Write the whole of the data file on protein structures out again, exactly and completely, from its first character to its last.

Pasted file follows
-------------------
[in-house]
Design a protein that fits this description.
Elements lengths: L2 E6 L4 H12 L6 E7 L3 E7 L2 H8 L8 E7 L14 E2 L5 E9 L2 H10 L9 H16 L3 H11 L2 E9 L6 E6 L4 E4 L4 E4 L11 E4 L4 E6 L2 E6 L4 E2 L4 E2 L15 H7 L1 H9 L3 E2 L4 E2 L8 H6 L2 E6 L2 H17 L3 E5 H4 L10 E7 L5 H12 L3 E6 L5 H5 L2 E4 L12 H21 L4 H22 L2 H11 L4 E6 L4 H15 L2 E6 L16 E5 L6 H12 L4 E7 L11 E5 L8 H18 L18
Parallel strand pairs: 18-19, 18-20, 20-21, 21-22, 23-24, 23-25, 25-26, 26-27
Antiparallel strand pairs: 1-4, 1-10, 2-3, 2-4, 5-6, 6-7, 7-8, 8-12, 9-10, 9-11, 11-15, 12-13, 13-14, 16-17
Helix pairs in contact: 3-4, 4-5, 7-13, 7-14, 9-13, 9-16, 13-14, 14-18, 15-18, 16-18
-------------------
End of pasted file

[in-house]
Design a protein that fits this description.
Elements lengths: L2 E6 L4 H12 L6 E7 L3 E7 L2 H8 L8 E7 L14 E2 L5 E9 L2 H10 L9 H16 L3 H11 L2 E9 L6 E6 L4 E4 L4 E4 L11 E4 L4 E6 L2 E6 L4 E2 L4 E2 L15 H7 L1 H9 L3 E2 L4 E2 L8 H6 L2 E6 L2 H17 L3 E5 H4 L10 E7 L5 H12 L3 E6 L5 H5 L2 E4 L12 H21 L4 H22 L2 H11 L4 E6 L4 H15 L2 E6 L16 E5 L6 H12 L4 E7 L11 E5 L8 H18 L18
Parallel strand pairs: 18-19, 18-20, 20-21, 21-22, 23-24, 23-25, 25-26, 26-27
Antiparallel strand pairs: 1-4, 1-10, 2-3, 2-4, 5-6, 6-7, 7-8, 8-12, 9-10, 9-11, 11-15, 12-13, 13-14, 16-17
Helix pairs in contact: 3-4, 4-5, 7-13, 7-14, 9-13, 9-16, 13-14, 14-18, 15-18, 16-18